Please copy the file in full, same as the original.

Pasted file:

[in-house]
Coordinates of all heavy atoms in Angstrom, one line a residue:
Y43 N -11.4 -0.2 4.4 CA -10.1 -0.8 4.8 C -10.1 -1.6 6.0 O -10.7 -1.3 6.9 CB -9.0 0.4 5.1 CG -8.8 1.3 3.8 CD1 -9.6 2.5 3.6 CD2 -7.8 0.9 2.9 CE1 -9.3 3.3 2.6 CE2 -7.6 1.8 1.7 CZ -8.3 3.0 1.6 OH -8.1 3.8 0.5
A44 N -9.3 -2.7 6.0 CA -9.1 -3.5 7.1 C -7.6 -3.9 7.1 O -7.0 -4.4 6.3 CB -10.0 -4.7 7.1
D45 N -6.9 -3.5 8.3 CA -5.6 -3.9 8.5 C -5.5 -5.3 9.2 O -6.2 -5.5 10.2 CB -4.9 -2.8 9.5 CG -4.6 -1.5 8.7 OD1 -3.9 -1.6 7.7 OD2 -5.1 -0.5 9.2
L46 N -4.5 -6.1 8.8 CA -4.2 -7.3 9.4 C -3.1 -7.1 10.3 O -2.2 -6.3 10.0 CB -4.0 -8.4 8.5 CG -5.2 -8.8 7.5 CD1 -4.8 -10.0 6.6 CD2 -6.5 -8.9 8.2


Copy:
[in-house]
Coordinates of all heavy atoms in Angstrom, one line a residue:
Y43 N -11.4 -0.2 4.4 CA -10.1 -0.8 4.8 C -10.1 -1.6 6.0 O -10.7 -1.3 6.9 CB -9.0 0.4 5.1 CG -8.8 1.3 3.8 CD1 -9.6 2.5 3.6 CD2 -7.8 0.9 2.9 CE1 -9.3 3.3 2.6 CE2 -7.6 1.8 1.7 CZ -8.3 3.0 1.6 OH -8.1 3.8 0.5
A44 N -9.3 -2.7 6.0 CA -9.1 -3.5 7.1 C -7.6 -3.9 7.1 O -7.0 -4.4 6.3 CB -10.0 -4.7 7.1
D45 N -6.9 -3.5 8.3 CA -5.6 -3.9 8.5 C -5.5 -5.3 9.2 O -6.2 -5.5 10.2 CB -4.9 -2.8 9.5 CG -4.6 -1.5 8.7 OD1 -3.9 -1.6 7.7 OD2 -5.1 -0.5 9.2
L46 N -4.5 -6.1 8.8 CA -4.2 -7.3 9.4 C -3.1 -7.1 10.3 O -2.2 -6.3 10.0 CB -4.0 -8.4 8.5 CG -5.2 -8.8 7.5 CD1 -4.8 -10.0 6.6 CD2 -6.5 -8.9 8.2